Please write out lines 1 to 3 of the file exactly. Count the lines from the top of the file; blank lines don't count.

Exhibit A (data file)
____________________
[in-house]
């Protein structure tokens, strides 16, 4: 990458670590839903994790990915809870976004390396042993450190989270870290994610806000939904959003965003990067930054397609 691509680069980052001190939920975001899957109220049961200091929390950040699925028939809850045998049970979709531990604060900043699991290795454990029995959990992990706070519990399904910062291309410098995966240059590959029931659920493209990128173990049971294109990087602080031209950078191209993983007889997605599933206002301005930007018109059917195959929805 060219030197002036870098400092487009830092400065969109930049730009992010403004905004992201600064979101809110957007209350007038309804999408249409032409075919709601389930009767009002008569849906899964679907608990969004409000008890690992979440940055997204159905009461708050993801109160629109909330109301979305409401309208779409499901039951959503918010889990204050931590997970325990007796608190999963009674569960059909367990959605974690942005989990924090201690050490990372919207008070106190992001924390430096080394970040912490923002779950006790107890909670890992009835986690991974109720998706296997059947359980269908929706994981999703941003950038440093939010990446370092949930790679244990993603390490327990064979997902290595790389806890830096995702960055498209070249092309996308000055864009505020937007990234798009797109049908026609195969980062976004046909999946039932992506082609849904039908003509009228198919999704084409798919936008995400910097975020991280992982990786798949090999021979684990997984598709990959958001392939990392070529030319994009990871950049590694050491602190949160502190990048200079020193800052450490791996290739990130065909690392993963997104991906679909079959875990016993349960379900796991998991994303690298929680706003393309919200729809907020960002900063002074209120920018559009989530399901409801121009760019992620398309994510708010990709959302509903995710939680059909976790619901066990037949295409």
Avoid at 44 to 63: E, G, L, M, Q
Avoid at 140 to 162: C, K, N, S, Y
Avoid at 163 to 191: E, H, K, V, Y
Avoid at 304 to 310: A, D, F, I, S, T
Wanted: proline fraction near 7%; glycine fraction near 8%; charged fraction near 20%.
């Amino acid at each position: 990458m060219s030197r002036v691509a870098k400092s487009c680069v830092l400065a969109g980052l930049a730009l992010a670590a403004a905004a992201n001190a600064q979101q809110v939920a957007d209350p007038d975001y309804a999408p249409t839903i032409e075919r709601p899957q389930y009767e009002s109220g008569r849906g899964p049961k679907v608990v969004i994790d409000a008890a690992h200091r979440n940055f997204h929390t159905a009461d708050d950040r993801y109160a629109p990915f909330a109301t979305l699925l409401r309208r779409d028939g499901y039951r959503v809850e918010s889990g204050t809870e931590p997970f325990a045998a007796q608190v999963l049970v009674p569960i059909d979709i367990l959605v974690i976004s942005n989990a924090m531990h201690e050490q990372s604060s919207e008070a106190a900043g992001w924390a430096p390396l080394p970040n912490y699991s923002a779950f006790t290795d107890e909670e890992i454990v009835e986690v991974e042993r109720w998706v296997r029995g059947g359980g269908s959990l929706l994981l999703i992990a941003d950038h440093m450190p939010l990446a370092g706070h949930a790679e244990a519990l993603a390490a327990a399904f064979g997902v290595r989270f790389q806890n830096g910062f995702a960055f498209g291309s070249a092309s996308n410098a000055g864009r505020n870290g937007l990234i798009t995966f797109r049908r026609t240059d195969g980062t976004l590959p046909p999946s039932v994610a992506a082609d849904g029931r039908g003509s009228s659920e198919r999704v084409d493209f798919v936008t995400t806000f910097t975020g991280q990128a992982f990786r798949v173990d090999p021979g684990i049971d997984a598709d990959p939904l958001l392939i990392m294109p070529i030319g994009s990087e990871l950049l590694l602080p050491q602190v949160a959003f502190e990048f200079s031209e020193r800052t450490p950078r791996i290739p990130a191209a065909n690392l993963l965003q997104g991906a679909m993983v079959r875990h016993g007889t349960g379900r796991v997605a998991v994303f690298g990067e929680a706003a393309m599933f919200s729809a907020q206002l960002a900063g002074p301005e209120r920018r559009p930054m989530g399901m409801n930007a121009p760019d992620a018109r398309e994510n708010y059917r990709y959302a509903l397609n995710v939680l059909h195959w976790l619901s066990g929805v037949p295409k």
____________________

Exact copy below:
[in-house]
């Protein structure tokens, strides 16, 4: 990458670590839903994790990915809870976004390396042993450190989270870290994610806000939904959003965003990067930054397609 691509680069980052001190939920975001899957109220049961200091929390950040699925028939809850045998049970979709531990604060900043699991290795454990029995959990992990706070519990399904910062291309410098995966240059590959029931659920493209990128173990049971294109990087602080031209950078191209993983007889997605599933206002301005930007018109059917195959929805 060219030197002036870098400092487009830092400065969109930049730009992010403004905004992201600064979101809110957007209350007038309804999408249409032409075919709601389930009767009002008569849906899964679907608990969004409000008890690992979440940055997204159905009461708050993801109160629109909330109301979305409401309208779409499901039951959503918010889990204050931590997970325990007796608190999963009674569960059909367990959605974690942005989990924090201690050490990372919207008070106190992001924390430096080394970040912490923002779950006790107890909670890992009835986690991974109720998706296997059947359980269908929706994981999703941003950038440093939010990446370092949930790679244990993603390490327990064979997902290595790389806890830096995702960055498209070249092309996308000055864009505020937007990234798009797109049908026609195969980062976004046909999946039932992506082609849904039908003509009228198919999704084409798919936008995400910097975020991280992982990786798949090999021979684990997984598709990959958001392939990392070529030319994009990871950049590694050491602190949160502190990048200079020193800052450490791996290739990130065909690392993963997104991906679909079959875990016993349960379900796991998991994303690298929680706003393309919200729809907020960002900063002074209120920018559009989530399901409801121009760019992620398309994510708010990709959302509903995710939680059909976790619901066990037949295409």
Avoid at 44 to 63: E, G, L, M, Q